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University of Nebraska–Lincoln

Remote Sensing Glossary

Reference Information for Virtual Nebraska

Terms, Definitions and Concepts

V

Van Allen belts or Van Allen Radiation belts

Doughnut-shaped regions encircling Earth and containing high energy electrons and ions trapped in the Earth's magnetic field (the magnetic field has definite boundaries, and is distorted into a tear-drop shape by the solar wind). Explorer I, launched by NASA in 1958, discovered this intense radiation zone. These regions are called the inner and outer Van Allen radiation belts, named after the scientist who first observed them. See magnetosphere.

vernal equinox

The beginning of spring in the Northern Hemisphere. The time/day that the sun crosses the equatorial plane going from south to north.

video

A signal containing information on the brightness levels of different portions of an image along with information on line and frame synchronization. In the case of satellite signals, the video information is transmitted in the form of an AM modulated subcarrier.

visible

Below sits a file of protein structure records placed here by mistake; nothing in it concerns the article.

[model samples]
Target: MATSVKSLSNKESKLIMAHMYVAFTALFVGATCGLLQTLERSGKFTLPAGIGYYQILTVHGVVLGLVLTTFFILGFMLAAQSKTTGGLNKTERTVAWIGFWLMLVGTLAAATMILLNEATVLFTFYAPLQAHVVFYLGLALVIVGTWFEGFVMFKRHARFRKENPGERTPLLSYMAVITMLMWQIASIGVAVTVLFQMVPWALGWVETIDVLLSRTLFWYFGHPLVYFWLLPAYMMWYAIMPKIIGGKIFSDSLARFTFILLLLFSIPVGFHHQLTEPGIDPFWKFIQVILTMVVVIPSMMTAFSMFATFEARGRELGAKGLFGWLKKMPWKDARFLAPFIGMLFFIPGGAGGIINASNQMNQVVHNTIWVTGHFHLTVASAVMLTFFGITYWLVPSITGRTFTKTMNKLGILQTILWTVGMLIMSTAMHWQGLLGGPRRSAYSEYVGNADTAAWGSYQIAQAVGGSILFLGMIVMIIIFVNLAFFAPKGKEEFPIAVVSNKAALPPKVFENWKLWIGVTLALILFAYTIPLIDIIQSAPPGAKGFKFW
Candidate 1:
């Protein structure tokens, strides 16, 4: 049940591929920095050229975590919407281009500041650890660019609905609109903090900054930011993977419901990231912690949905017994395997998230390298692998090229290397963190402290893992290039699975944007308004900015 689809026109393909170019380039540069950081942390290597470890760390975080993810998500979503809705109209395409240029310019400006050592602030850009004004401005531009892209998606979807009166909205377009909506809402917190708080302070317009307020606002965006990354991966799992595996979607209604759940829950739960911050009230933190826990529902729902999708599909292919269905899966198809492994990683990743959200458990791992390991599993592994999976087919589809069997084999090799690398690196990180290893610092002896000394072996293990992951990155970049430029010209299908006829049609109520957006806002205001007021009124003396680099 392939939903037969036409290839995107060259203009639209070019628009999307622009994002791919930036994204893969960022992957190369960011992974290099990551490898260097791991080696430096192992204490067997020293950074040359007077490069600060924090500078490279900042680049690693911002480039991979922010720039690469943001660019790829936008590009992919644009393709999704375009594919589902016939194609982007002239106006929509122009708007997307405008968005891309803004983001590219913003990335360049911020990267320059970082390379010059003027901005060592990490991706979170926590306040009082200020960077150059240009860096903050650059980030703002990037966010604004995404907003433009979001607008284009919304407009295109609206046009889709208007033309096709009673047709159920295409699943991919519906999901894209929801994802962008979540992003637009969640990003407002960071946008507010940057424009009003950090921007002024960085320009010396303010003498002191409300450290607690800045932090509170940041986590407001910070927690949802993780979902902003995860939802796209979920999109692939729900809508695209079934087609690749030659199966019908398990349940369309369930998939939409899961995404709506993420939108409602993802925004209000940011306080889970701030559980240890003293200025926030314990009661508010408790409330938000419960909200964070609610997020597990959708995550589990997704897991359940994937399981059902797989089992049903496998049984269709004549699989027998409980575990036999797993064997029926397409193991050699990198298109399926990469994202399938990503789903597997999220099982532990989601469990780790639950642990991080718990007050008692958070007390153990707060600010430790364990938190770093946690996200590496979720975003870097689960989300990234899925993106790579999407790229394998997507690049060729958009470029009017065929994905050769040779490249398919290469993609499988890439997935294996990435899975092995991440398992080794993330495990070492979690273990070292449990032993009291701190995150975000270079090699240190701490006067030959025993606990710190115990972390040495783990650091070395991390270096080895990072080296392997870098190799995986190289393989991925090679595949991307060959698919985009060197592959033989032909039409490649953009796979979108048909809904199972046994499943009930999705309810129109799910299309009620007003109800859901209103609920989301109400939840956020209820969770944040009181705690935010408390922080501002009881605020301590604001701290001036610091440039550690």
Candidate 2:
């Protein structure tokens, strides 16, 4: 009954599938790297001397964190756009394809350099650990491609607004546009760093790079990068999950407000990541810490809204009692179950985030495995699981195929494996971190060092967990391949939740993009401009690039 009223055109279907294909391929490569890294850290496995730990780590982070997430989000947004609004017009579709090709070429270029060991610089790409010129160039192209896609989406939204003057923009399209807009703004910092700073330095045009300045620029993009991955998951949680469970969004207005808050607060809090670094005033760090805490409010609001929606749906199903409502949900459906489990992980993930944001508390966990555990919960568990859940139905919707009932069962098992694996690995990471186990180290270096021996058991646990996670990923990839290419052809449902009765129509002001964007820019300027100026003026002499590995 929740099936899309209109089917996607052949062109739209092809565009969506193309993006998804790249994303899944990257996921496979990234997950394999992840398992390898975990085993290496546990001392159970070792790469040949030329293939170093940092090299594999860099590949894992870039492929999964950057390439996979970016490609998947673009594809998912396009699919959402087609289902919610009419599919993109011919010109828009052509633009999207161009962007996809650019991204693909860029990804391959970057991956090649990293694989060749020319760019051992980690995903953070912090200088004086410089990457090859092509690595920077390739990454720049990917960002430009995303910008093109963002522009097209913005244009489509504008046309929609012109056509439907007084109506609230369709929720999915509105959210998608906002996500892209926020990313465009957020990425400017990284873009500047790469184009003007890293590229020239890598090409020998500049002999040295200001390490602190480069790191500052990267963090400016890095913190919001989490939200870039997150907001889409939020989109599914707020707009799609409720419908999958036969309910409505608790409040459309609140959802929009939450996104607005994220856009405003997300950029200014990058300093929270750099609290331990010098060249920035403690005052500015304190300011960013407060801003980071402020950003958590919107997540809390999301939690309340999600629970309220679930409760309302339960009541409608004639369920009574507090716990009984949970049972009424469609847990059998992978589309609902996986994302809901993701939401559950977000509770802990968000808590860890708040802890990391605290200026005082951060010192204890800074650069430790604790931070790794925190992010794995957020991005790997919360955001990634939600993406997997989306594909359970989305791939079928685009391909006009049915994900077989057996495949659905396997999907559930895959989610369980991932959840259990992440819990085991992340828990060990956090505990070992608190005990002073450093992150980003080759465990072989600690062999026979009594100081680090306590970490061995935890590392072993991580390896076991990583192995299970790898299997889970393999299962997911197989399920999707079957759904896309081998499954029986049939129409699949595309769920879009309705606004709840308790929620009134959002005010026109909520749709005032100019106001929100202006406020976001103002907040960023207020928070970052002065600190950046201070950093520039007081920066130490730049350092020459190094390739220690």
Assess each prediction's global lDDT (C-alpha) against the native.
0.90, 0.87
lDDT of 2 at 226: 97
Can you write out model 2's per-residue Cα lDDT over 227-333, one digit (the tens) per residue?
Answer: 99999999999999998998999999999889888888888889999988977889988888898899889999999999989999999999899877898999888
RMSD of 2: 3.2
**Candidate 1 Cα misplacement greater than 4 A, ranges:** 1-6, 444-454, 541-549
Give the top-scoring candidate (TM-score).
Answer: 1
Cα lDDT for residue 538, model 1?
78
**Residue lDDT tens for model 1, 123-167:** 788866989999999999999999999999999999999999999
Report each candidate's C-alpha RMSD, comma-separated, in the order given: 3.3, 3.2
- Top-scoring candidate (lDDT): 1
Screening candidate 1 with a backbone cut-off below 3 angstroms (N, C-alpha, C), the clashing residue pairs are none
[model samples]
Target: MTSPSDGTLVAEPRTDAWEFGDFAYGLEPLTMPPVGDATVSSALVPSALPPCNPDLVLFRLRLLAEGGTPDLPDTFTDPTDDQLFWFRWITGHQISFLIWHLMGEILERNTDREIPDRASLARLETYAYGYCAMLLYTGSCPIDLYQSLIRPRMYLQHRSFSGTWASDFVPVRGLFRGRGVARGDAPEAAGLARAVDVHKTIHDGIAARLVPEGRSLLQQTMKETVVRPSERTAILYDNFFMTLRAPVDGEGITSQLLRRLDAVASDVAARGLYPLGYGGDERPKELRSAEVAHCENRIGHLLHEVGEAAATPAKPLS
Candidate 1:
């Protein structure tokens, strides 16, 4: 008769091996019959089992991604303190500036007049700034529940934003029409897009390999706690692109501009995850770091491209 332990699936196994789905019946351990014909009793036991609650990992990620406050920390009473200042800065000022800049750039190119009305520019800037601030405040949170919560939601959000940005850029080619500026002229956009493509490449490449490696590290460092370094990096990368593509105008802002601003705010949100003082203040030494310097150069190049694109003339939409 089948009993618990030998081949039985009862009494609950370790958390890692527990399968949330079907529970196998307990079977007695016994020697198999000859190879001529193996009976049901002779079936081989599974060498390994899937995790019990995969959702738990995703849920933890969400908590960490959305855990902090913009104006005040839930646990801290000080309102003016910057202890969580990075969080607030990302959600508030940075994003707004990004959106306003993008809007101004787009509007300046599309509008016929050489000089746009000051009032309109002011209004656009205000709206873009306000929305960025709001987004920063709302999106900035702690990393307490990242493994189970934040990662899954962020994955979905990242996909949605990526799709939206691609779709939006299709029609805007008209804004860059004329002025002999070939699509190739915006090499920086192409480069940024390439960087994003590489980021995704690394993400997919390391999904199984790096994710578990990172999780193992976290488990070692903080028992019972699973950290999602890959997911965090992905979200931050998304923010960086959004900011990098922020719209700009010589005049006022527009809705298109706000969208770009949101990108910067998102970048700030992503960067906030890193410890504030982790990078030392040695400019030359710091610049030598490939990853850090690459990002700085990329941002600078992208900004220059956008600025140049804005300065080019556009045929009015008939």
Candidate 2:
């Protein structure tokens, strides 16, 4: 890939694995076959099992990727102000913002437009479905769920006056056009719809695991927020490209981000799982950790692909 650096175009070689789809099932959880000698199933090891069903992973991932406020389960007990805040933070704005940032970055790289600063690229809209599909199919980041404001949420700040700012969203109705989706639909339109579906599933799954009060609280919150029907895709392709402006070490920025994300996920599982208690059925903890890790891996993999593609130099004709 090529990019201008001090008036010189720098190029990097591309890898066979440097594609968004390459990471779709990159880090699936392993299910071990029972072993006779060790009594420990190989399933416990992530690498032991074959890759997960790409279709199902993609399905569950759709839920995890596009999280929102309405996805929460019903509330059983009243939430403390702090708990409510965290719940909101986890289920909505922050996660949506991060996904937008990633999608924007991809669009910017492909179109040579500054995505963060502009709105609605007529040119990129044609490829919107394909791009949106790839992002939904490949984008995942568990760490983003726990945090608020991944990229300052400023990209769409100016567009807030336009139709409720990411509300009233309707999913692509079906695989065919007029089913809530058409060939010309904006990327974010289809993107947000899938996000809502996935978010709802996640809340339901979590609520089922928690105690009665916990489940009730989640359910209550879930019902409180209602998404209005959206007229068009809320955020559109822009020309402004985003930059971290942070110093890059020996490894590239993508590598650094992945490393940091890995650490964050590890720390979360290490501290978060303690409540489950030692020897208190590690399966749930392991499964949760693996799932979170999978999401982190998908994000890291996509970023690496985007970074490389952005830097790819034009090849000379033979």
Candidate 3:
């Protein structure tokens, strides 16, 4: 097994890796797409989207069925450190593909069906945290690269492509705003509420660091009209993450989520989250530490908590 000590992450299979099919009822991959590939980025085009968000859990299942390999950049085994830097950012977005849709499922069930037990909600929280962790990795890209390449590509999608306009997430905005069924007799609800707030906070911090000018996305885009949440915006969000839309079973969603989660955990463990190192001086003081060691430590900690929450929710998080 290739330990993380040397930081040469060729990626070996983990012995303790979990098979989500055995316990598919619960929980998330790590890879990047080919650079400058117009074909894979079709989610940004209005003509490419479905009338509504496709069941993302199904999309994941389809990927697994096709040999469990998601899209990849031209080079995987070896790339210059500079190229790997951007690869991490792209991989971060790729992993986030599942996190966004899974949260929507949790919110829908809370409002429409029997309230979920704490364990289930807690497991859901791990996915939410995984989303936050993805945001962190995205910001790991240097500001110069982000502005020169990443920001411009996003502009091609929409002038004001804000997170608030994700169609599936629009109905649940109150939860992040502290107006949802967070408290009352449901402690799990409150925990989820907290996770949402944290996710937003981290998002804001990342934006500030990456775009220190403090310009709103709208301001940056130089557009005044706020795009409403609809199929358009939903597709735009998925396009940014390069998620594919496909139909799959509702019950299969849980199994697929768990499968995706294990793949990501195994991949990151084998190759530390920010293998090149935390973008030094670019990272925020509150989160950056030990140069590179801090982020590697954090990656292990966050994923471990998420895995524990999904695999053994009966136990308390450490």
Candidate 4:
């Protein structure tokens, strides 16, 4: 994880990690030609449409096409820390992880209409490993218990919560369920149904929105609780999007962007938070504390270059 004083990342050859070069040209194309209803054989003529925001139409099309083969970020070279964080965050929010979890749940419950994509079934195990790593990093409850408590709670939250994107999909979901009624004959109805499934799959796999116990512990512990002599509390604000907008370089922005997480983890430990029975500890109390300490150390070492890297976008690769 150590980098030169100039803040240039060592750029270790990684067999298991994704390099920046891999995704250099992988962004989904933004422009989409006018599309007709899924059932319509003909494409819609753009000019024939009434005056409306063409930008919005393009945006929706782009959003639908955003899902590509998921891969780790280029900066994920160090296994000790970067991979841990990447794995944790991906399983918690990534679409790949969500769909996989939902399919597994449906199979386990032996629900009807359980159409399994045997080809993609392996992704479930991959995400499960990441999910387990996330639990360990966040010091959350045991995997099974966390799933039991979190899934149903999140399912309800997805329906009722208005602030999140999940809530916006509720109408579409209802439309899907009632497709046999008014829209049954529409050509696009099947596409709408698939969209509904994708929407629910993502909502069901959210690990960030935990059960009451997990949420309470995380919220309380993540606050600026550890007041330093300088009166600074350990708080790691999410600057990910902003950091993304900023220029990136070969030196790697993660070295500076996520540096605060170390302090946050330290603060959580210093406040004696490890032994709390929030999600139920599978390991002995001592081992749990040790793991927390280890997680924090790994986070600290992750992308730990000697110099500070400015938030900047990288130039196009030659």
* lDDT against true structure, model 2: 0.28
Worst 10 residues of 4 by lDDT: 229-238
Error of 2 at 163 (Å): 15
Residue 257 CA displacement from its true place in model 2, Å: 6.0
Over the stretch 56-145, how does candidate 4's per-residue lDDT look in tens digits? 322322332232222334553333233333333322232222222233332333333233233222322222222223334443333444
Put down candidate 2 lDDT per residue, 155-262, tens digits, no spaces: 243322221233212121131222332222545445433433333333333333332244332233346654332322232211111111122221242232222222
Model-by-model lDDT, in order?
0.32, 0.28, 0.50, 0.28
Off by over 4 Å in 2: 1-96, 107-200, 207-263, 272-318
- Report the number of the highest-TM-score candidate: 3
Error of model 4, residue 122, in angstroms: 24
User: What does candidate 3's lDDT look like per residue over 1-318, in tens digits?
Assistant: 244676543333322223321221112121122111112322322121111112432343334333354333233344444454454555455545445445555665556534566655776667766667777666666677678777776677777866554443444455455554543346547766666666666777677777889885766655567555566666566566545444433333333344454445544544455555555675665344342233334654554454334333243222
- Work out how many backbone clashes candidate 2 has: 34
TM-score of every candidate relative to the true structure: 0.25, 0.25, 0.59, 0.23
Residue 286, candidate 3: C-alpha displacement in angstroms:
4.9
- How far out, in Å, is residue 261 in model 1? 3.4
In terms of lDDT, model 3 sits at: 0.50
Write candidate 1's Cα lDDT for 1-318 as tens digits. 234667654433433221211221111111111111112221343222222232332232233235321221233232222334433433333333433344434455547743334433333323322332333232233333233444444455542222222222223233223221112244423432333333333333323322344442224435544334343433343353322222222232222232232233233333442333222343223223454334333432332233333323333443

That part of the electromagnetic spectrum to which the human eye is sensitive, between about 0.4 and 0.7 micrometers. See spectrum.

Visible/Infrared Spin Scan Radiometer (VISSR)

High-resolution, multi-spectral imaging system flown on the pre-GOES-8 geostationary GOES spacecraft. Similar systems are flown on the METEOSAT and GMS spacecraft.

volcano

A naturally occurring vent or fissure at the earth's surface through which erupt molten, solid, and gaseous materials. Volcanic eruptions inject large quantities of dust, gas, and aerosols into the atmosphere. A major component of volcanic clouds is sulfur dioxide, a strong absorber of ultraviolet radiation. Chemical interactions between sulfur dioxide and water cause sulfuric acid aerosols which can scatter some of the incident solar radiation back to space, thus causing a global cooling effect. For example, Mt. Pinatubo in the Philippines erupted in June 1991, and in the following year the global surface temperature was observed to decrease by about 0.3 degrees C.